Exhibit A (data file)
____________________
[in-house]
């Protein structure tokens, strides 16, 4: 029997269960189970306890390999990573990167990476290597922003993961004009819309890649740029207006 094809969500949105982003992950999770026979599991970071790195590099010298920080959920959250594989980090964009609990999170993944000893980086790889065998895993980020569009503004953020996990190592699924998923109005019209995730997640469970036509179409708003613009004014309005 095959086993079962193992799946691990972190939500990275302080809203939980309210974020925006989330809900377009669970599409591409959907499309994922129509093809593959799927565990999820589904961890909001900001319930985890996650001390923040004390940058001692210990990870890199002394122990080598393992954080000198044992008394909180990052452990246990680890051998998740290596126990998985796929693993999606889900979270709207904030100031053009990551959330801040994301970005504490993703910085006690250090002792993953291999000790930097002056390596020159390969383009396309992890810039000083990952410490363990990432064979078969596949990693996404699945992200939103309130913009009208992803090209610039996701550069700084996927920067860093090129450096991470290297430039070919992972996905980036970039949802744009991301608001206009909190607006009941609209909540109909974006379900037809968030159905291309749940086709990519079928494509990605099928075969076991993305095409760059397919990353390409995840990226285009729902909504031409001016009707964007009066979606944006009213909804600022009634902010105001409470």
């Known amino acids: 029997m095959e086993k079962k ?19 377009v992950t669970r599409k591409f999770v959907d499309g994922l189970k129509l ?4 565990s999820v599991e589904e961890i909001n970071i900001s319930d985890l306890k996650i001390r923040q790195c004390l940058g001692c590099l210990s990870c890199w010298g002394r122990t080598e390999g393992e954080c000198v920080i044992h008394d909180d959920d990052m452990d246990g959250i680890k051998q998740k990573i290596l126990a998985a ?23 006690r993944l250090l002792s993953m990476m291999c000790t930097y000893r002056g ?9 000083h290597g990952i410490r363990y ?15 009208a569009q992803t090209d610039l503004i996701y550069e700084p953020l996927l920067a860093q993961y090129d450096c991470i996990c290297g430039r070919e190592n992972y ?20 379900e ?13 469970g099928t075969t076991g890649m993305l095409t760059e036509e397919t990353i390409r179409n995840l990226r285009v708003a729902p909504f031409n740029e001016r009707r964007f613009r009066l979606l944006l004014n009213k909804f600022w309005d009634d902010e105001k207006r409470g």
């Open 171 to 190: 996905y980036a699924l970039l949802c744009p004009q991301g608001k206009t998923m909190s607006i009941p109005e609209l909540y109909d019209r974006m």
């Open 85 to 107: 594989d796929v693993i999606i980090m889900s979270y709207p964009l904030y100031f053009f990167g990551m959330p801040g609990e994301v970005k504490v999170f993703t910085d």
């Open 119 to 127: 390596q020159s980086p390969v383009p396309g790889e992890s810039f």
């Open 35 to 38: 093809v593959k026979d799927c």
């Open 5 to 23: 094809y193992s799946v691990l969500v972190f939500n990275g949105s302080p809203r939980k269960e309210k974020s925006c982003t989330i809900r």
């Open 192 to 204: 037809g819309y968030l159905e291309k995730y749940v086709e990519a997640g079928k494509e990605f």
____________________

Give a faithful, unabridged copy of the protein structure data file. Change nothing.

[in-house]
């Protein structure tokens, strides 16, 4: 029997269960189970306890390999990573990167990476290597922003993961004009819309890649740029207006 094809969500949105982003992950999770026979599991970071790195590099010298920080959920959250594989980090964009609990999170993944000893980086790889065998895993980020569009503004953020996990190592699924998923109005019209995730997640469970036509179409708003613009004014309005 095959086993079962193992799946691990972190939500990275302080809203939980309210974020925006989330809900377009669970599409591409959907499309994922129509093809593959799927565990999820589904961890909001900001319930985890996650001390923040004390940058001692210990990870890199002394122990080598393992954080000198044992008394909180990052452990246990680890051998998740290596126990998985796929693993999606889900979270709207904030100031053009990551959330801040994301970005504490993703910085006690250090002792993953291999000790930097002056390596020159390969383009396309992890810039000083990952410490363990990432064979078969596949990693996404699945992200939103309130913009009208992803090209610039996701550069700084996927920067860093090129450096991470290297430039070919992972996905980036970039949802744009991301608001206009909190607006009941609209909540109909974006379900037809968030159905291309749940086709990519079928494509990605099928075969076991993305095409760059397919990353390409995840990226285009729902909504031409001016009707964007009066979606944006009213909804600022009634902010105001409470």
């Known amino acids: 029997m095959e086993k079962k ?19 377009v992950t669970r599409k591409f999770v959907d499309g994922l189970k129509l ?4 565990s999820v599991e589904e961890i909001n970071i900001s319930d985890l306890k996650i001390r923040q790195c004390l940058g001692c590099l210990s990870c890199w010298g002394r122990t080598e390999g393992e954080c000198v920080i044992h008394d909180d959920d990052m452990d246990g959250i680890k051998q998740k990573i290596l126990a998985a ?23 006690r993944l250090l002792s993953m990476m291999c000790t930097y000893r002056g ?9 000083h290597g990952i410490r363990y ?15 009208a569009q992803t090209d610039l503004i996701y550069e700084p953020l996927l920067a860093q993961y090129d450096c991470i996990c290297g430039r070919e190592n992972y ?20 379900e ?13 469970g099928t075969t076991g890649m993305l095409t760059e036509e397919t990353i390409r179409n995840l990226r285009v708003a729902p909504f031409n740029e001016r009707r964007f613009r009066l979606l944006l004014n009213k909804f600022w309005d009634d902010e105001k207006r409470g």
């Open 171 to 190: 996905y980036a699924l970039l949802c744009p004009q991301g608001k206009t998923m909190s607006i009941p109005e609209l909540y109909d019209r974006m």
């Open 85 to 107: 594989d796929v693993i999606i980090m889900s979270y709207p964009l904030y100031f053009f990167g990551m959330p801040g609990e994301v970005k504490v999170f993703t910085d």
């Open 119 to 127: 390596q020159s980086p390969v383009p396309g790889e992890s810039f």
């Open 35 to 38: 093809v593959k026979d799927c």
């Open 5 to 23: 094809y193992s799946v691990l969500v972190f939500n990275g949105s302080p809203r939980k269960e309210k974020s925006c982003t989330i809900r």
């Open 192 to 204: 037809g819309y968030l159905e291309k995730y749940v086709e990519a997640g079928k494509e990605f």